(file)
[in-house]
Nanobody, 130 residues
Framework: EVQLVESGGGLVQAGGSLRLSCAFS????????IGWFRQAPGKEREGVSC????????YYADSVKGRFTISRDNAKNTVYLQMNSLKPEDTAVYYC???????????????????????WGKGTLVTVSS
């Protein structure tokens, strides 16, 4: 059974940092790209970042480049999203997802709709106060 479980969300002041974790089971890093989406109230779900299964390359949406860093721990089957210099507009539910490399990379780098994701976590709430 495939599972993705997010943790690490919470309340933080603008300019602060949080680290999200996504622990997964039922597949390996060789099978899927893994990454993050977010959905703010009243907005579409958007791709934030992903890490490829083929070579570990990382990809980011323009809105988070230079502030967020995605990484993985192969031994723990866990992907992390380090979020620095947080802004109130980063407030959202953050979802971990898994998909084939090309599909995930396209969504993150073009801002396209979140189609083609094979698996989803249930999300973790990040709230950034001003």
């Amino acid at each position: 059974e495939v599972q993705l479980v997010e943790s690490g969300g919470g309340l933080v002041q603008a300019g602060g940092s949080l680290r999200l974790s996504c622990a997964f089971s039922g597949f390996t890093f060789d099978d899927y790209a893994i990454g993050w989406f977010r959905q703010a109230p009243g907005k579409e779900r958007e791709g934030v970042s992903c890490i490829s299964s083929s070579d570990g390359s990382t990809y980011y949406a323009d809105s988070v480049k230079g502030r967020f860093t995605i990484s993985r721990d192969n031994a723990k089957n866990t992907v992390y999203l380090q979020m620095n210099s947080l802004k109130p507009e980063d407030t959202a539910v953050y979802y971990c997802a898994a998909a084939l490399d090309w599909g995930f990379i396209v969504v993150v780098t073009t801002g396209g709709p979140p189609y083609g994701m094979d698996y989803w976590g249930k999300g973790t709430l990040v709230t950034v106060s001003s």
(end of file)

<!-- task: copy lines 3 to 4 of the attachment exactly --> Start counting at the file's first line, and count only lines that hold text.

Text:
Framework: EVQLVESGGGLVQAGGSLRLSCAFS????????IGWFRQAPGKEREGVSC????????YYADSVKGRFTISRDNAKNTVYLQMNSLKPEDTAVYYC???????????????????????WGKGTLVTVSS
């Protein structure tokens, strides 16, 4: 059974940092790209970042480049999203997802709709106060 479980969300002041974790089971890093989406109230779900299964390359949406860093721990089957210099507009539910490399990379780098994701976590709430 495939599972993705997010943790690490919470309340933080603008300019602060949080680290999200996504622990997964039922597949390996060789099978899927893994990454993050977010959905703010009243907005579409958007791709934030992903890490490829083929070579570990990382990809980011323009809105988070230079502030967020995605990484993985192969031994723990866990992907992390380090979020620095947080802004109130980063407030959202953050979802971990898994998909084939090309599909995930396209969504993150073009801002396209979140189609083609094979698996989803249930999300973790990040709230950034001003």